Similar proportions of patients in the tofacitinib continuous and withdrawn groups achieved satisfactory immune responses to influenza vaccination at 35 days after vaccination (66.3% vs 63.7%, respectively, 2.6% difference (95% CI −12.2% to 16.6%); table 3). Evaluation by exposure subgroup revealed similar proportions of patients achieving a satisfactory response in the no DMARD (66.7%), tofacitinib monotherapy (62.2%), methotrexate monotherapy (61.8%) and combination tofacitinib/methotrexate (69.1%) subgroups (table 3).

Among secondary outcomes, 69 (75.0%) tofacitinib continuous and 75 (82.4%) withdrawn patients (−7.4% difference (95% CI −21.9% to 6.8%)) achieved seroprotection for influenza at 35 days after vaccination. When limiting this analysis to patients lacking baseline seroprotection, similar proportions of patients achieved this outcome in each treatment group with 47 (67.1%) and 52 (76.5%) continuous and withdrawn patients, respectively, achieving seroprotection. Similarly, among patients lacking baseline seroprotection, the proportion achieving seroprotection by exposure subgroup was 83.3% (20/24 patients) for no DMARD, 72.7% (32/44 patients) for methotrexate monotherapy, 60.7% (17/28 patients) for tofacitinib monotherapy and 71.4% (30/42 patients) for combination tofacitinib/methotrexate therapy.

Evaluation of GMFR responses by antigen also showed similar responses among each exposure subgroup (figure 3B).


We conducted two trials in patients with RA to evaluate the effect of tofacitinib on vaccine responses to PPSV-23 and the trivalent seasonal influenza vaccine. In tofacitinib-naive patients (study A), subsequent initiation of tofacitinib was associated with diminished responses to PPSV-23, particularly in patients taking concurrent methotrexate. For influenza vaccine responses, a decrease in response was noted only among tofacitinib-treated patients taking background methotrexate, although the proportion of patients achieving satisfactory immune responses was generally similar in all exposure subgroups. In study B, among current tofacitinib users, these data suggested that temporary discontinuation of tofacitinib for vaccination purposes had little impact on the immunogenicity of either vaccine, although small decreases in antipneumococcal titres were observed in patients with continued tofacitinib exposure, particularly those taking background methotrexate. Collectively, these studies suggest that tofacitinib diminished responses to PPSV-23, particularly when used in combination with methotrexate, and that tofacitinib treatment has limited effect on influenza vaccine responses.

These studies were conducted to address clinically relevant vaccination questions in two distinct patient groups: those in whom tofacitinib treatment is being considered and those currently receiving tofacitinib. With regard to PPSV-23 responses, similar trends were observed in both studies, although fewer patients achieved satisfactory PPSV-23 responses in tofacitinib-naive patients who started tofacitinib (study A). It is possible that the higher RA disease activity present in this study at the time of vaccination contributed to lower overall pneumococcal responses across all exposure subgroups in that study (table 1). Taken together, the two studies suggest that methotrexate and tofacitinib monotherapy result in similar reductions in responsiveness to the PPSV-23 vaccine, and when administered concomitantly, greater decreases in response occur. These trends were evident in both studies when looking at GMFR responses across exposure subgroups. For most serotypes, the greatest GMFR was reported in patients in the no DMARD subgroup, followed by lower and similar responses in the tofacitinib and methotrexate monotherapy subgroups, with the lowest GMFR reported in the combination tofacitinib/methotrexate subgroup.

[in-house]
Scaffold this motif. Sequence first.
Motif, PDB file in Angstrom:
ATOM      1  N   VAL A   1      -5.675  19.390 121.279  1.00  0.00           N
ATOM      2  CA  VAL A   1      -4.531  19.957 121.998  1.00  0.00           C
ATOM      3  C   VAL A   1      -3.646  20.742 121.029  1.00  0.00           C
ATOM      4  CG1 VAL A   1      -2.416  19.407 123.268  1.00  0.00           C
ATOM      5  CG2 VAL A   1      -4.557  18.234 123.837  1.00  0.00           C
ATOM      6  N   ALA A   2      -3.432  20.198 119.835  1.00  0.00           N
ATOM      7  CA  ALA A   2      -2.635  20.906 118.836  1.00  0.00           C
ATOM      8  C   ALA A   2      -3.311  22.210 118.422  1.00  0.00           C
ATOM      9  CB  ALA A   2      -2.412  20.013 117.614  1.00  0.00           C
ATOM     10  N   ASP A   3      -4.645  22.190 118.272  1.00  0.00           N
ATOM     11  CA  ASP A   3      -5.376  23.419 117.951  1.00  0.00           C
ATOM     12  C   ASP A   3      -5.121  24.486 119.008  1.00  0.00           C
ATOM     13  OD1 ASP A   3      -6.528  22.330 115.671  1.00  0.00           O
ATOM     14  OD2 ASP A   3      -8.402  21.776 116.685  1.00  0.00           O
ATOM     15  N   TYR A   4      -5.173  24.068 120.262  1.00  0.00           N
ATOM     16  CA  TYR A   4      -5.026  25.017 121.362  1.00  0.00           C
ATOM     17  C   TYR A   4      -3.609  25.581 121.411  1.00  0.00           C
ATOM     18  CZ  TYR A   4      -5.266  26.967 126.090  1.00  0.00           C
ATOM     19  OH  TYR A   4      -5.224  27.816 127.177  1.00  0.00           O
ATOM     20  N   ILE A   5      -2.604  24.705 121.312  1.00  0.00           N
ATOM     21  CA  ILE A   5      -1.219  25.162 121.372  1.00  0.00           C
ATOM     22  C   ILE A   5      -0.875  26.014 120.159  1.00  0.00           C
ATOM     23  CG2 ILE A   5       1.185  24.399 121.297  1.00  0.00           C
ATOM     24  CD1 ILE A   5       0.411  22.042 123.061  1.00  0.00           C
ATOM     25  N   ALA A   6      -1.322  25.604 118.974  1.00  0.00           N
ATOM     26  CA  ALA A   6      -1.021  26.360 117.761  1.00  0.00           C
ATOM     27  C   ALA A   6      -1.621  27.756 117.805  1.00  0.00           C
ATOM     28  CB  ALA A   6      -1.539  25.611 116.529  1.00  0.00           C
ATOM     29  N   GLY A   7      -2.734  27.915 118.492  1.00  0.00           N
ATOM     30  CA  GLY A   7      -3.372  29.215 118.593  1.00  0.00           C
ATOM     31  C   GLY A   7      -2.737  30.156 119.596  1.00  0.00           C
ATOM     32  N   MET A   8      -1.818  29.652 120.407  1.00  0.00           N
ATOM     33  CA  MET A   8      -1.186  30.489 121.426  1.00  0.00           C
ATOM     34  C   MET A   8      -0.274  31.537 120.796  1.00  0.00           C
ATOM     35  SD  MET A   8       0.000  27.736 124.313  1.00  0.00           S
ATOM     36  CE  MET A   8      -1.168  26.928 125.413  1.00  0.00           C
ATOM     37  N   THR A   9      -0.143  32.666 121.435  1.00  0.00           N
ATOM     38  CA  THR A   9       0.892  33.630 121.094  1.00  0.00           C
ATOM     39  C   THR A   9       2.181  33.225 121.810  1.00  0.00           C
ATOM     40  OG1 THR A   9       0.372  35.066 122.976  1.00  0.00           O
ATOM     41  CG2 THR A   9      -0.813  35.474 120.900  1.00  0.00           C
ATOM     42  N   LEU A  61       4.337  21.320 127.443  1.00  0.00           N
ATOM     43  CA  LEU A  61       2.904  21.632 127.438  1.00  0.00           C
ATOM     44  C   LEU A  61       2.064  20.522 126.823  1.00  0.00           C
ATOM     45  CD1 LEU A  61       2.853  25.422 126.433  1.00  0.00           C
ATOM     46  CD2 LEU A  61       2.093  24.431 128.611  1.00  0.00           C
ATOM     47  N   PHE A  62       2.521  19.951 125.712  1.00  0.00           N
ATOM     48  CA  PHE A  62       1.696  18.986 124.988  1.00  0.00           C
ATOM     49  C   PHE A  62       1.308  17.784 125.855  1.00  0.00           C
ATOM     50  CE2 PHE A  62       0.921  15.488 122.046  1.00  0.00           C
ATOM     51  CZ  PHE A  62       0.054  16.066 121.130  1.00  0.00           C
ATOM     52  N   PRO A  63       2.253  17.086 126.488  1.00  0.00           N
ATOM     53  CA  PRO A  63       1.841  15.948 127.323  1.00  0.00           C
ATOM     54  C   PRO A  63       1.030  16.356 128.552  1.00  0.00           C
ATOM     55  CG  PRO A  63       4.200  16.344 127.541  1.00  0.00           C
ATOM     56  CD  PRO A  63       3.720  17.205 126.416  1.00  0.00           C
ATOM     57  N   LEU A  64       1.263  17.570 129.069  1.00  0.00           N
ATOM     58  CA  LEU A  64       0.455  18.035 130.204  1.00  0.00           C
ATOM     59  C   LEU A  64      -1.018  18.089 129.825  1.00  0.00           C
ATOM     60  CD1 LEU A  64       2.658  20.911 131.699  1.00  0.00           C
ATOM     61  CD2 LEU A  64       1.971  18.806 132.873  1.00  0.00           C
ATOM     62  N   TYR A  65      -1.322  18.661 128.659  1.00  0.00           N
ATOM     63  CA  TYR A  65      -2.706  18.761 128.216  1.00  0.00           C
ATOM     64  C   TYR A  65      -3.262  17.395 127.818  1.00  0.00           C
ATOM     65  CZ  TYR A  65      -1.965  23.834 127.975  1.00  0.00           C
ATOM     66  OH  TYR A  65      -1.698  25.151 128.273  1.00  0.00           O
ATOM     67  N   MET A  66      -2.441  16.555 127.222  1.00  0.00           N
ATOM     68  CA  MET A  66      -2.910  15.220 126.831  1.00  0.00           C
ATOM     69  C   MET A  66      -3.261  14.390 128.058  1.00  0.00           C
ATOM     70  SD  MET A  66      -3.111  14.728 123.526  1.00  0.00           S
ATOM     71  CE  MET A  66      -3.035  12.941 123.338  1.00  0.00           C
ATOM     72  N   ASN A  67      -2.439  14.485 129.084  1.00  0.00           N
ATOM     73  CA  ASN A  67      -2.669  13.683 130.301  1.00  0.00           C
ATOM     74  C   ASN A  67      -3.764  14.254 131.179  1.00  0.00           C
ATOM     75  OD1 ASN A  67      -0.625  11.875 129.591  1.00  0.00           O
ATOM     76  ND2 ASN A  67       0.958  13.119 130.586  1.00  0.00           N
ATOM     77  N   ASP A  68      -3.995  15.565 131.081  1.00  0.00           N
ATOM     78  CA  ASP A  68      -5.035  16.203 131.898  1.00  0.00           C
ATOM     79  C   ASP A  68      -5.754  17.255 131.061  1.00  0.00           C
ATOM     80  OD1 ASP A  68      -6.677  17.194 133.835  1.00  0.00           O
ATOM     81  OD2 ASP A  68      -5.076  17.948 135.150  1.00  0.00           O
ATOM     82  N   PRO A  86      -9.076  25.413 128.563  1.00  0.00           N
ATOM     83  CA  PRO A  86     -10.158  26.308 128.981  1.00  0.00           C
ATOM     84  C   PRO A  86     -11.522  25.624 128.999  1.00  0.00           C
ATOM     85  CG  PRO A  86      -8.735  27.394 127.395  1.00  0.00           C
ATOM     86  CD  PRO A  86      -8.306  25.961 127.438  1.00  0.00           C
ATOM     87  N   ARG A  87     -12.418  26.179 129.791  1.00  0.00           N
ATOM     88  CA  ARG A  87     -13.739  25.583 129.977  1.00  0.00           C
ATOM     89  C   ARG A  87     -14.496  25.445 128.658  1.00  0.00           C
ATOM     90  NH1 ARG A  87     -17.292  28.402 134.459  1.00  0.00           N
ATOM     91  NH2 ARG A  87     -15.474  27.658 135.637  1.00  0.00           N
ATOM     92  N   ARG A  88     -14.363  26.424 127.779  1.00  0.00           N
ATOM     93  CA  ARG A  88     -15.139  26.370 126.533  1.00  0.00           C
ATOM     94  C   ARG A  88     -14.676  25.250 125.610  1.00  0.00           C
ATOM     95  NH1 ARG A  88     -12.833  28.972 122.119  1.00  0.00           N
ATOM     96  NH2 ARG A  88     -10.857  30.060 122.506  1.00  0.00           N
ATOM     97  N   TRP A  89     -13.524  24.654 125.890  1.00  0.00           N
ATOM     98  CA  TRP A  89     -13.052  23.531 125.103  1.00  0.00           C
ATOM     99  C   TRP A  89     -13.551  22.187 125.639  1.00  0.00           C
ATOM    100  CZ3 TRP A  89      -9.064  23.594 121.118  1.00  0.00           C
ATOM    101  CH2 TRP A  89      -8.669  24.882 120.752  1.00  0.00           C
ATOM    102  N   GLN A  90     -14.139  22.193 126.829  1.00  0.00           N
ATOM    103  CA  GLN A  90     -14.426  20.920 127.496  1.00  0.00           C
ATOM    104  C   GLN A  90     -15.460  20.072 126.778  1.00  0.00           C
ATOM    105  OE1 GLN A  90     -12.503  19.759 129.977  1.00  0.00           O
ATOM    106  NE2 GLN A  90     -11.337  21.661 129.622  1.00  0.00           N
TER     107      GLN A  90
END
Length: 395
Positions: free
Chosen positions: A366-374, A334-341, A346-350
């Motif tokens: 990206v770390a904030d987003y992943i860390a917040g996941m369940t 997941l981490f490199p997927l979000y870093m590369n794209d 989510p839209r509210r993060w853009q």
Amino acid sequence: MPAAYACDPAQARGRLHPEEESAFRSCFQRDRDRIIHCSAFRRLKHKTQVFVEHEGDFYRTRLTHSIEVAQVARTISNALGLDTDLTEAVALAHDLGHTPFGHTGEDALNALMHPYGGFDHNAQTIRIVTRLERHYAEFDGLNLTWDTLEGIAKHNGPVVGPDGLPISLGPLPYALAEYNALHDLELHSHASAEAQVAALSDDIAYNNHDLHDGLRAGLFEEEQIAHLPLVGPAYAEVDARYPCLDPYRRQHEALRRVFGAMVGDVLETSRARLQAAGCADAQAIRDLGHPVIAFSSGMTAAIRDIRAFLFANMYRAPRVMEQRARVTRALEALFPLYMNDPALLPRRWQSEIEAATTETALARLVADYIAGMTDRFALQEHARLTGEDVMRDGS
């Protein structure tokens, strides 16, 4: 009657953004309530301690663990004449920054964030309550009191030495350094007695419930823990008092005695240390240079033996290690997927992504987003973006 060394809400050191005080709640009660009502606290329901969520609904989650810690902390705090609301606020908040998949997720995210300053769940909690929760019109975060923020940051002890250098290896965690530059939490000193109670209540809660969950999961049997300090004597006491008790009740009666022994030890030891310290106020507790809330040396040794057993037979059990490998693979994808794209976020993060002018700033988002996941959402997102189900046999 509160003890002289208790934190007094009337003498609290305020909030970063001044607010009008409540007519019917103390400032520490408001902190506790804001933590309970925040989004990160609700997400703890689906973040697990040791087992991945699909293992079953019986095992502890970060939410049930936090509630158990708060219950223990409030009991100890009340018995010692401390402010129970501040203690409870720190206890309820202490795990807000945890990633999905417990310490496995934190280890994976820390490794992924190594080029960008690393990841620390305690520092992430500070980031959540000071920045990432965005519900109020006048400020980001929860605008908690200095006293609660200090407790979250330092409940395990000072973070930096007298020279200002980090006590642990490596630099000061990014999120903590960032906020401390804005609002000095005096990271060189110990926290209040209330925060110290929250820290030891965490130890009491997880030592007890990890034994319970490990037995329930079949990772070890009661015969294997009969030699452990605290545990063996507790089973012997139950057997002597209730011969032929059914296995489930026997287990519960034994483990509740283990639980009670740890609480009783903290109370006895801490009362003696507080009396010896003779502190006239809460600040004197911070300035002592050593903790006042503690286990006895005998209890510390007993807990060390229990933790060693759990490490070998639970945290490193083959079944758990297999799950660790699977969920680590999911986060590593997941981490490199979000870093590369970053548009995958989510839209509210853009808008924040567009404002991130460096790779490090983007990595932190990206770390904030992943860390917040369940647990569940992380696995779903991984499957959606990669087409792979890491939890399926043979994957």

However, it is important to note that in both studies, the majority of patients in all exposure subgroups reached the primary outcome measure and achieved satisfactory humoral responses to PPSV-23. The important exception was for patients in study A starting tofacitinib with background methotrexate: only 31.6% developed satisfactory responses to PPSV-23. Data from study A suggest that to maximise PPSV-23 responsiveness, clinicians should vaccinate prior to tofacitinib or methotrexate treatment, if possible. Data from study B, however, suggest relatively less diminishment in responses associated with tofacitinib such that temporary drug discontinuation in order to vaccinate would be of little benefit. It is possible that delaying tofacitinib resumption for a longer time period after vaccination could have promoted greater vaccine responses.

For influenza vaccination, similar proportions of patients in each study reached the primary outcome measure of satisfactory immune responses, irrespective of treatment group or exposure subgroup. Although in study A a decrease in response was noted for patients using tofacitinib and concomitant methotrexate, only 50.9% reached the primary endpoint compared with 67.4% in the no DMARD subgroup. Trends in GMFR decrease were also noted among the exposure subgroups using either drug (or both) compared with no DMARD. However, in study B, no consistent effects were noted in relation to treatment groups or exposure subgroups; both primary and secondary outcomes were unaffected by tofacitinib or methotrexate monotherapy or in combination. Taken collectively, these studies suggest that similar proportions of patients respond favourably to seasonal influenza vaccination regardless of methotrexate or tofacitinib exposure, and that vaccination could be undertaken yearly (as recommended) regardless of such therapy.